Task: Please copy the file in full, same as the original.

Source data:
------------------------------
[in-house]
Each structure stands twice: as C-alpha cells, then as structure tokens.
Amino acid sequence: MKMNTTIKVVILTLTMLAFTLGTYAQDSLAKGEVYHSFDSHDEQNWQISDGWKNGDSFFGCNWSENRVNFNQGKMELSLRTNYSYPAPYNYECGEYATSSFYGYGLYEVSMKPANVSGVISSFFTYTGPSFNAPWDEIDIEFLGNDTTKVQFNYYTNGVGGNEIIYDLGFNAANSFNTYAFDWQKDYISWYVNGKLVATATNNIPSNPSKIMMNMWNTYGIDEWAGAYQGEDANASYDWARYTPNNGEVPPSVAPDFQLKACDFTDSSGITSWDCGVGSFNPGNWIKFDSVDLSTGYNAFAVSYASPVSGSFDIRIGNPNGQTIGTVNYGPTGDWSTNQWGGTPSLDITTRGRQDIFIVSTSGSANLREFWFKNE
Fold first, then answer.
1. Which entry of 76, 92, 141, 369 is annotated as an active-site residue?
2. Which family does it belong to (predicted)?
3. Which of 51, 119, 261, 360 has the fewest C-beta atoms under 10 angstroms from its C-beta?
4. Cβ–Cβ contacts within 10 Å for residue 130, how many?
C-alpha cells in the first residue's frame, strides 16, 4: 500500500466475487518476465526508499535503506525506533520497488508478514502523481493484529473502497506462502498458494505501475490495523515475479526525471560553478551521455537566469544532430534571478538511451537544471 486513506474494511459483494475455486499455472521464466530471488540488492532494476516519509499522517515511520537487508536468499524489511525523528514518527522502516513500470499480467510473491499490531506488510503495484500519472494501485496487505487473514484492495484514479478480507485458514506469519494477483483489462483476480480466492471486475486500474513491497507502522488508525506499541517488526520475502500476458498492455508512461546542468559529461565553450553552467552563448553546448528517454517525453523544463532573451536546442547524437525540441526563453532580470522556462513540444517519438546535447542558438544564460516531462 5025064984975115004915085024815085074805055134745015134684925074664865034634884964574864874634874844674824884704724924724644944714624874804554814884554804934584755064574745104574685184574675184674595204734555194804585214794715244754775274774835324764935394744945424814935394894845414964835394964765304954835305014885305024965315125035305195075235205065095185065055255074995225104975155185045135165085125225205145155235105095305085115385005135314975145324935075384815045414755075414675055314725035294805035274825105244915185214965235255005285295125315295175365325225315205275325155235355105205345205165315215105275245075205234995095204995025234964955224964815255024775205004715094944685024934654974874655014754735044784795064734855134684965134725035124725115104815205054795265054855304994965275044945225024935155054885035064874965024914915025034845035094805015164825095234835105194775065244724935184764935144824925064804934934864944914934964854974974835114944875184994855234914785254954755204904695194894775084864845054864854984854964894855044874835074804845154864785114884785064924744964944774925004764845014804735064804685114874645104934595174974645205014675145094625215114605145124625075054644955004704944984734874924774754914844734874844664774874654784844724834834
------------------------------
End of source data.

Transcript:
[in-house]
Each structure stands twice: as C-alpha cells, then as structure tokens.
Amino acid sequence: MKMNTTIKVVILTLTMLAFTLGTYAQDSLAKGEVYHSFDSHDEQNWQISDGWKNGDSFFGCNWSENRVNFNQGKMELSLRTNYSYPAPYNYECGEYATSSFYGYGLYEVSMKPANVSGVISSFFTYTGPSFNAPWDEIDIEFLGNDTTKVQFNYYTNGVGGNEIIYDLGFNAANSFNTYAFDWQKDYISWYVNGKLVATATNNIPSNPSKIMMNMWNTYGIDEWAGAYQGEDANASYDWARYTPNNGEVPPSVAPDFQLKACDFTDSSGITSWDCGVGSFNPGNWIKFDSVDLSTGYNAFAVSYASPVSGSFDIRIGNPNGQTIGTVNYGPTGDWSTNQWGGTPSLDITTRGRQDIFIVSTSGSANLREFWFKNE
Fold first, then answer.
1. Which entry of 76, 92, 141, 369 is annotated as an active-site residue?
2. Which family does it belong to (predicted)?
3. Which of 51, 119, 261, 360 has the fewest C-beta atoms under 10 angstroms from its C-beta?
4. Cβ–Cβ contacts within 10 Å for residue 130, how many?
C-alpha cells in the first residue's frame, strides 16, 4: 500500500466475487518476465526508499535503506525506533520497488508478514502523481493484529473502497506462502498458494505501475490495523515475479526525471560553478551521455537566469544532430534571478538511451537544471 486513506474494511459483494475455486499455472521464466530471488540488492532494476516519509499522517515511520537487508536468499524489511525523528514518527522502516513500470499480467510473491499490531506488510503495484500519472494501485496487505487473514484492495484514479478480507485458514506469519494477483483489462483476480480466492471486475486500474513491497507502522488508525506499541517488526520475502500476458498492455508512461546542468559529461565553450553552467552563448553546448528517454517525453523544463532573451536546442547524437525540441526563453532580470522556462513540444517519438546535447542558438544564460516531462 5025064984975115004915085024815085074805055134745015134684925074664865034634884964574864874634874844674824884704724924724644944714624874804554814884554804934584755064574745104574685184574675184674595204734555194804585214794715244754775274774835324764935394744945424814935394894845414964835394964765304954835305014885305024965315125035305195075235205065095185065055255074995225104975155185045135165085125225205145155235105095305085115385005135314975145324935075384815045414755075414675055314725035294805035274825105244915185214965235255005285295125315295175365325225315205275325155235355105205345205165315215105275245075205234995095204995025234964955224964815255024775205004715094944685024934654974874655014754735044784795064734855134684965134725035124725115104815205054795265054855304994965275044945225024935155054885035064874965024914915025034845035094805015164825095234835105194775065244724935184764935144824925064804934934864944914934964854974974835114944875184994855234914785254954755204904695194894775084864845054864854984854964894855044874835074804845154864785114884785064924744964944774925004764845014804735064804685114874645104934595174974645205014675145094625215114605145124625075054644955004704944984734874924774754914844734874844664774874654784844724834834